*b*defines the width of the distribution, with

*τ*

_{0}being the point at which the distribution is zero (i.e., the minimum travel time within the period of measurement). This distribution provided a basis for comparison of the model with 3 months of data from three instruments, which are shown in terms of the Rayleigh parameter

*b*as a function of

*U*

_{10}in Fig. 8. The Rayleigh distribution is consistent with an echo ensemble composed of members with each having dominant energy arriving from surface locations at radial distances from zenith, which also follows a Rayleigh distribution; this is the distribution of distances from zenith of an ensemble of positions with latitude and longitude perturbations (from zenith) uncorrelated and each normally distributed. The parameter

*b*corresponds to the standard deviation of the extra distance covered by the dominant sound. To translate from distance to time, note that reflection from a position 56 m from zenith to a PIES at 1024-m depth would have a delay time of 2 ms. Note that the arrival time anomalies caused by increased distance anomalies to wave crests and troughs will add a normally distributed component to the arrival time distribution, which is apparently a small effect.

*b*, although exhibiting substantial scatter, is approximately linear, which satisfies the relationship where the Rayleigh parameter

*b*is expressed in milliseconds and

*U*

_{10}is in meters per second. There is also some stratification of the data, with points for station A2 exhibiting generally larger values of the Rayleigh width

*b*than points for A1. This is likely due to variations in instrument sensitivity, power settings, fetch, and environmental factors. Nevertheless, considering the linear representation of surface waves and the equilibrium wave spectrum assumption, the model performance appears generally consistent and provides support for its application to optimizing instrument setup and evaluating errors and biases.

*U*

_{10}and Rayleigh width

*b*, which can be evaluated from the data directly. To the extent that the Rayleigh function is an effective approximation of the travel time scatter, the delay to the arrival of the distribution peak

*τ*is directly related to the width

_{p}*b*: The distribution width increases with surface roughness, which in turn increases with wind speed. The leading edge of the travel time arrival, which is the zero point

*τ*

_{0}of the Rayleigh distribution, decreases with wind speed. This is to be expected because the first arrivals will be reflected from the troughs of the longer waves, the amplitude of which increases with increasing wind speed. On the other hand, an increase in the ambient noise delays detection time because detection must be above the noise level, thus tending to reduce the delay to the distribution peak. This has the effect of decreasing the calculated Rayleigh width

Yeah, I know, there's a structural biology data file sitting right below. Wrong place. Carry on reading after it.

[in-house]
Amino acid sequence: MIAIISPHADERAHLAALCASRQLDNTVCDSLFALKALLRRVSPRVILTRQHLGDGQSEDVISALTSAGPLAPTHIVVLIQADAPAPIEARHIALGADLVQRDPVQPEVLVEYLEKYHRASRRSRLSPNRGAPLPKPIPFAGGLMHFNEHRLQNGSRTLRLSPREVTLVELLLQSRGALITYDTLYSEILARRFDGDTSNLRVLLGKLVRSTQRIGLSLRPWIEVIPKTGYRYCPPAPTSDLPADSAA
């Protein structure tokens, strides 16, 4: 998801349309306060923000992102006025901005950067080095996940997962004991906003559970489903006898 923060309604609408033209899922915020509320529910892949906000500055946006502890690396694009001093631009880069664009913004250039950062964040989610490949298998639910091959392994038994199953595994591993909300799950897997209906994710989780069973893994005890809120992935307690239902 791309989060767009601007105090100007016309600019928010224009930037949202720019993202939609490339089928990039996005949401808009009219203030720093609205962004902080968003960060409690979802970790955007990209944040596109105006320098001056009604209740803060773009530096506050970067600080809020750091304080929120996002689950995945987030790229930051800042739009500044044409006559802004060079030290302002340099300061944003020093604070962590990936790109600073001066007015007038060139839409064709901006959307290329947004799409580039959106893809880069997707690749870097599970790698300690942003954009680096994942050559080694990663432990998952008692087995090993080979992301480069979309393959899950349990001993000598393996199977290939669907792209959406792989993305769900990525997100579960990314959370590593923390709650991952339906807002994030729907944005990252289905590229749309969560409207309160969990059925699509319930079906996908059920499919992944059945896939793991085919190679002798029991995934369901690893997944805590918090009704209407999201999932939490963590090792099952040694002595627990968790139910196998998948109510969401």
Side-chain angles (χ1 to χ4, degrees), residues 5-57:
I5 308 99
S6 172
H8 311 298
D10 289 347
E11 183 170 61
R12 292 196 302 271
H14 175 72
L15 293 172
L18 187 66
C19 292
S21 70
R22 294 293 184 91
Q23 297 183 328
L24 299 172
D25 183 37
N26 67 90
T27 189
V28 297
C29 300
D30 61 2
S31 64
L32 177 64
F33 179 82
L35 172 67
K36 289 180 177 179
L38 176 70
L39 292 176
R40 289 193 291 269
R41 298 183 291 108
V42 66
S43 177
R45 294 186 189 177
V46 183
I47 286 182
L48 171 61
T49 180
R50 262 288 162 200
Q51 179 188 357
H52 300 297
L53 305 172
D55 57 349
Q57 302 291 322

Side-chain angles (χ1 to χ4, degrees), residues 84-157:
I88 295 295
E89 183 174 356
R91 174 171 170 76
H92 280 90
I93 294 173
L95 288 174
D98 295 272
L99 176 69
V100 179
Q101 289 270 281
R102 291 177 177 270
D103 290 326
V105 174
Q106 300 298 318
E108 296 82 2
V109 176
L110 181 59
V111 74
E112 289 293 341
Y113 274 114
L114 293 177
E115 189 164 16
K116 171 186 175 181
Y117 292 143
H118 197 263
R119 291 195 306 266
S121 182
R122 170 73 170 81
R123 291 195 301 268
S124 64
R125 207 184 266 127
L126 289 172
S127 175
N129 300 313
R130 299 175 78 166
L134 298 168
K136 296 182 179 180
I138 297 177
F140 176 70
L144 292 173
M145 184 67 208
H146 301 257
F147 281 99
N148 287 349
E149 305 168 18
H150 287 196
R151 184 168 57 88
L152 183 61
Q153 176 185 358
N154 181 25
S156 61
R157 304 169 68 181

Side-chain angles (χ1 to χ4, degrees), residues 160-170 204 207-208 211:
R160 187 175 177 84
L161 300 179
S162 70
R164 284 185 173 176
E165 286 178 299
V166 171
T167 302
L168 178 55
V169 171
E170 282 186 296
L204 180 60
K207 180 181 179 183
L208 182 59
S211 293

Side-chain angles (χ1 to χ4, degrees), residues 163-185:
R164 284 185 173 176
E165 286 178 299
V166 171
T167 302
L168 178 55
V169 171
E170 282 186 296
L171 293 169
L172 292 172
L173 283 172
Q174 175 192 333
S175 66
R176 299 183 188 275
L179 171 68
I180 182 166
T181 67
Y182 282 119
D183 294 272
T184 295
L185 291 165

*b*. In this way, the effect of ambient noise works in opposition to the effect of surface roughness. However, the positive slope in Fig. 8 indicates that surface roughness effects dominate. For example, if we take the model calculations at a wind speed of 10 m s

^{−1}and run the model with the same surface roughness but with ambient noise increased by 10%, the effect is to decrease the Rayleigh width

*b*by 5%. For a corresponding 10% decrease in ambient noise, the distribution width

*b*is increased by 5%.

*τ*

_{0}+

*b*, declines with increasing wind speed. This means that the distribution shifts to an earlier pattern of arrival times with increasing wind speed. This bias can be expressed as where

*U*

_{10}is in meters per second,

*τ*is in milliseconds, and

_{p}*b*is defined in Eq. (24). For a 10 m s

^{−1}wind, this corresponds to a bias of −1.59 × 10

^{−3}s total travel time relative to a 2 m s

^{−1}wind, which is equivalent in the South China Sea to a baroclinic displacement of 38 m. The data are very limited and scattered above 15 m s

^{−1}, and no useful extrapolation is proposed. It is anticipated that bubble attenuation of ambient noise would have the effect of reducing the Rayleigh width below that predicted with the bubble-free simulation. Subject to this constraint, the model calculations provide a consistent basis for correcting bias.